Due to the unexpectedly warm December we're having on Cumberland, Emily (pictured 2nd from left) has had huge success while crabbing off the docks of Cumberland. Emily is a native Savannahian who grew up setting crab traps with her family on Tybee Island. It was a treat to experience this little slice of low-country culture a couple nights ago. That's one of the things I love about living in different places- getting to see and experience firsthand new things- the different, the exciting, and the unfamiliar. (Also, why I love photographing them.) In college, I took as many classes as I could in anthropology, the study of culture. I have always been fascinated by the traditions, roles, and rituals we create based on our environment, our heritage, and the people around us. Emily shared with us a tradition she grew up with. And not in a grandiose sense by any means, she's was just doing something she loves (and I, of course, was just in awe of it all). A crab boil is more than getting the meat out of a crab; it is a gathering of people around a table to pick the fruit of your ocean harvest. Similar to the crawfish boils of Louisiana or Mississippi, you throw everything on a table and start working for that food you worked so hard to catch. Emily called it "Tybee Trash." I also have to quote her on "This ain't Martha Stewart, y'all." Basically, throw everything on the table and start working for your food.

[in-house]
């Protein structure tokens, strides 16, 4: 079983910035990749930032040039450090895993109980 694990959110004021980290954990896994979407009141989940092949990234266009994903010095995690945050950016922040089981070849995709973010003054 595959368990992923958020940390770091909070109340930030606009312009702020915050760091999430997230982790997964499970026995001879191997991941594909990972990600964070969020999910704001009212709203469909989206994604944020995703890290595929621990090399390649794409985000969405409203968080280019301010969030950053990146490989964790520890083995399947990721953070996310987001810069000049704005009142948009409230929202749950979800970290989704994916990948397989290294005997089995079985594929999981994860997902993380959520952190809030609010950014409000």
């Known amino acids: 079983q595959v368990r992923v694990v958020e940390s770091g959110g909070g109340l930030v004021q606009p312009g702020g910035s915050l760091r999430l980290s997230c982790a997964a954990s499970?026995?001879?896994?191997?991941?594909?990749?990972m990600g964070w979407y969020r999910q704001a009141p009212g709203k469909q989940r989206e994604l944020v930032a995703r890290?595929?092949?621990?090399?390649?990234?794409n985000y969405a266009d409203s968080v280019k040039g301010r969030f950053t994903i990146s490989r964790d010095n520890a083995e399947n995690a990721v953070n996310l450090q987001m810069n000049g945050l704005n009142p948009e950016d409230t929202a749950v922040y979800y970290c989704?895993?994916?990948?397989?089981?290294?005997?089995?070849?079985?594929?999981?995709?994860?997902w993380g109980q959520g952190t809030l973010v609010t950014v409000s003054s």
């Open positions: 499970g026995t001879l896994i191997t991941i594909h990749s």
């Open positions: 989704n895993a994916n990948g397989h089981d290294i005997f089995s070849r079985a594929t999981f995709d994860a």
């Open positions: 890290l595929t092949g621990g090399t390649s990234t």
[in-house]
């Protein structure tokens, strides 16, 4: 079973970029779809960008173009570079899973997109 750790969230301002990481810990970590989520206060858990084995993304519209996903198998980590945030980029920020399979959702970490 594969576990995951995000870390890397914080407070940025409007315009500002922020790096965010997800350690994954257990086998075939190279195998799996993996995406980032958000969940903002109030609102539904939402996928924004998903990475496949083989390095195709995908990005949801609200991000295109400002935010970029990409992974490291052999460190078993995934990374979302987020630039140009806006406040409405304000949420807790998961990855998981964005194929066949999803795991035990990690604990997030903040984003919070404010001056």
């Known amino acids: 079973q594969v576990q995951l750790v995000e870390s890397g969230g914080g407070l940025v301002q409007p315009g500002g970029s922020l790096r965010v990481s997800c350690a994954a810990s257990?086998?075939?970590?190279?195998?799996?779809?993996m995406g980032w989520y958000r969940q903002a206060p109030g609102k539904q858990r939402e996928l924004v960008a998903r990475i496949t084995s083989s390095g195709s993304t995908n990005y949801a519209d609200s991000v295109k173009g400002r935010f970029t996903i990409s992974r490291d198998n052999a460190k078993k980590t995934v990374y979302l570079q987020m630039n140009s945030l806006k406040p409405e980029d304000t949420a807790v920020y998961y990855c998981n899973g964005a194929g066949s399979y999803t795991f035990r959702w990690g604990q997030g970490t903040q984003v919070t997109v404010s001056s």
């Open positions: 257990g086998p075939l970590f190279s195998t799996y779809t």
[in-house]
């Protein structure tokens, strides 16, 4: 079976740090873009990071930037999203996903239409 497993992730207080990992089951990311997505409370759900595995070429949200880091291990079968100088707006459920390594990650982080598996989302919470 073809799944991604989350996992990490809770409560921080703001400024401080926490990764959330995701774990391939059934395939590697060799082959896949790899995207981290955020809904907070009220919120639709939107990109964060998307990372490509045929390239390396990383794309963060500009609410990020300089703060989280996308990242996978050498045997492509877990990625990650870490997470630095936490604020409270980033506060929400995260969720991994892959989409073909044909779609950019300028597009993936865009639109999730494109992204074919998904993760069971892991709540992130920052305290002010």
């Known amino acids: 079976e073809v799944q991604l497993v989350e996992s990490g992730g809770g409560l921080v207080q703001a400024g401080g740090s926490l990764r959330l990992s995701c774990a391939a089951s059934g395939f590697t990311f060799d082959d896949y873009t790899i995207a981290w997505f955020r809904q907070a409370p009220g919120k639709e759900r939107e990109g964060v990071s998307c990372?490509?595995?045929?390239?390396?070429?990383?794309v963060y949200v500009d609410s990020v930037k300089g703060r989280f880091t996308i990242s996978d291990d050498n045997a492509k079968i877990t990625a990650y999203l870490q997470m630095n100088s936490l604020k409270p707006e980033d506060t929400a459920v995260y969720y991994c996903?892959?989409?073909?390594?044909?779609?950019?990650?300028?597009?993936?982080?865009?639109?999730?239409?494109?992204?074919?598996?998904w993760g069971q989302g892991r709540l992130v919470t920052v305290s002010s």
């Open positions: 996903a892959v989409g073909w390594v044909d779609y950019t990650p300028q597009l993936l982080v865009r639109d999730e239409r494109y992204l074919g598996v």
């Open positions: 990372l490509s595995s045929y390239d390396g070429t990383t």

The Ocean Harvest
I remember on a legendary spring break trip to New Orleans several years ago, a group of best friends went to a crawfish boil on the Mississippi River, in a park called the Fly. To us, it was magical. The combination of perfect weather, friendly people, and learning how to eat a crawfish, guts and all, seemed completely authentic. As Emily was teaching me how to gently tear apart this little creature to pick out the meat, I had that same feeling of authenticity. I'd say it was somewhere between scooping out the intestines or picking off the "dead man's fingers," these spongy tentacle looking things that are really just the lungs. I'm laughing at myself writing this because it sounds so gross- sorry to the faint of heart. It felt almost primitive, working for that food you caught (well I didn't catch it, but I felt lucky to participate). And then I remember my mom telling me how her grandmother used to have to ring the chicken's neck to kill it. Yikes! We used to have to work for our food, people! I guess once you work for it, it makes it taste so much better than anything you could buy from a store. Not that I'm saying I want to go out and butcher a pig or anything, but it's just a reminder how much dirty work is put into the food we eat before we get our hands on it. We are privileged in that sense. But, enough of philosophy. All in all, it was a good time had by a bunch of friends around a table. These are the times that remind me why life is good. :)